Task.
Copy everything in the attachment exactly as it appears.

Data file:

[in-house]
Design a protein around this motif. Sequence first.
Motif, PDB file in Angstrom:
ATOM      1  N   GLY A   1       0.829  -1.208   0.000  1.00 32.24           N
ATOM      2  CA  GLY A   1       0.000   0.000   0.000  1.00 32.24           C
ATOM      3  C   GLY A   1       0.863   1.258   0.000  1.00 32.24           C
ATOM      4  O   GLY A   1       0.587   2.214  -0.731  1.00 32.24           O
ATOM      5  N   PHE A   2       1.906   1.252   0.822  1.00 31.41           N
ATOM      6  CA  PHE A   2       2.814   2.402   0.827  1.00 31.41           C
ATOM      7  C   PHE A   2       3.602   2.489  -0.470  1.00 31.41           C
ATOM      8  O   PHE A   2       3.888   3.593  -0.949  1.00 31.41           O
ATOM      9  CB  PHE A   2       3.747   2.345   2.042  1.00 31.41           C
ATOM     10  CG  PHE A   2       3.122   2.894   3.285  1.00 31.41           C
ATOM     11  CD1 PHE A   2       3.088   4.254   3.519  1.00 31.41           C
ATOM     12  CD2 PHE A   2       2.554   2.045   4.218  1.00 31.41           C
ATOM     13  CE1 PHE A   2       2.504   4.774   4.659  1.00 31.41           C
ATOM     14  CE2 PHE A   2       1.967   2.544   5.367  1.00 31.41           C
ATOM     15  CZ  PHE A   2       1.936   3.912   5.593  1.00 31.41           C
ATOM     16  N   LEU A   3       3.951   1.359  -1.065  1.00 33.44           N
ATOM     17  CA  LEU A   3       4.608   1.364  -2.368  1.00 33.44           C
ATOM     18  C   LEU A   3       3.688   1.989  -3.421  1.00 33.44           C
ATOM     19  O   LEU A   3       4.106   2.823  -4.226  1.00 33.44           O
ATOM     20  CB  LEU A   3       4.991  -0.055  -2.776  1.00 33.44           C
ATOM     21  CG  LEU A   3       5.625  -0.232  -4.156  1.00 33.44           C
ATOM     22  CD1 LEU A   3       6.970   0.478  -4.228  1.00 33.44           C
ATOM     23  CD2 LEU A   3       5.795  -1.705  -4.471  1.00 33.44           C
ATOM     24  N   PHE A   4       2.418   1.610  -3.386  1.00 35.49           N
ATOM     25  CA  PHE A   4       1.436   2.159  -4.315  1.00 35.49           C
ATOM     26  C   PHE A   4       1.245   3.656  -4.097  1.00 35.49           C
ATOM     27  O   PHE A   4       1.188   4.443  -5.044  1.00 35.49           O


[in-house]
Design a protein around this motif. Sequence first.
Motif, PDB file in Angstrom:
ATOM      1  N   GLY A   1       0.829  -1.208   0.000  1.00 32.24           N
ATOM      2  CA  GLY A   1       0.000   0.000   0.000  1.00 32.24           C
ATOM      3  C   GLY A   1       0.863   1.258   0.000  1.00 32.24           C
ATOM      4  O   GLY A   1       0.587   2.214  -0.731  1.00 32.24           O
ATOM      5  N   PHE A   2       1.906   1.252   0.822  1.00 31.41           N
ATOM      6  CA  PHE A   2       2.814   2.402   0.827  1.00 31.41           C
ATOM      7  C   PHE A   2       3.602   2.489  -0.470  1.00 31.41           C
ATOM      8  O   PHE A   2       3.888   3.593  -0.949  1.00 31.41           O
ATOM      9  CB  PHE A   2       3.747   2.345   2.042  1.00 31.41           C
ATOM     10  CG  PHE A   2       3.122   2.894   3.285  1.00 31.41           C
ATOM     11  CD1 PHE A   2       3.088   4.254   3.519  1.00 31.41           C
ATOM     12  CD2 PHE A   2       2.554   2.045   4.218  1.00 31.41           C
ATOM     13  CE1 PHE A   2       2.504   4.774   4.659  1.00 31.41           C
ATOM     14  CE2 PHE A   2       1.967   2.544   5.367  1.00 31.41           C
ATOM     15  CZ  PHE A   2       1.936   3.912   5.593  1.00 31.41           C
ATOM     16  N   LEU A   3       3.951   1.359  -1.065  1.00 33.44           N
ATOM     17  CA  LEU A   3       4.608   1.364  -2.368  1.00 33.44           C
ATOM     18  C   LEU A   3       3.688   1.989  -3.421  1.00 33.44           C
ATOM     19  O   LEU A   3       4.106   2.823  -4.226  1.00 33.44           O
ATOM     20  CB  LEU A   3       4.991  -0.055  -2.776  1.00 33.44           C
ATOM     21  CG  LEU A   3       5.625  -0.232  -4.156  1.00 33.44           C
ATOM     22  CD1 LEU A   3       6.970   0.478  -4.228  1.00 33.44           C
ATOM     23  CD2 LEU A   3       5.795  -1.705  -4.471  1.00 33.44           C
ATOM     24  N   PHE A   4       2.418   1.610  -3.386  1.00 35.49           N
ATOM     25  CA  PHE A   4       1.436   2.159  -4.315  1.00 35.49           C
ATOM     26  C   PHE A   4       1.245   3.656  -4.097  1.00 35.49           C
ATOM     27  O   PHE A   4       1.188   4.443  -5.044  1.00 35.49           O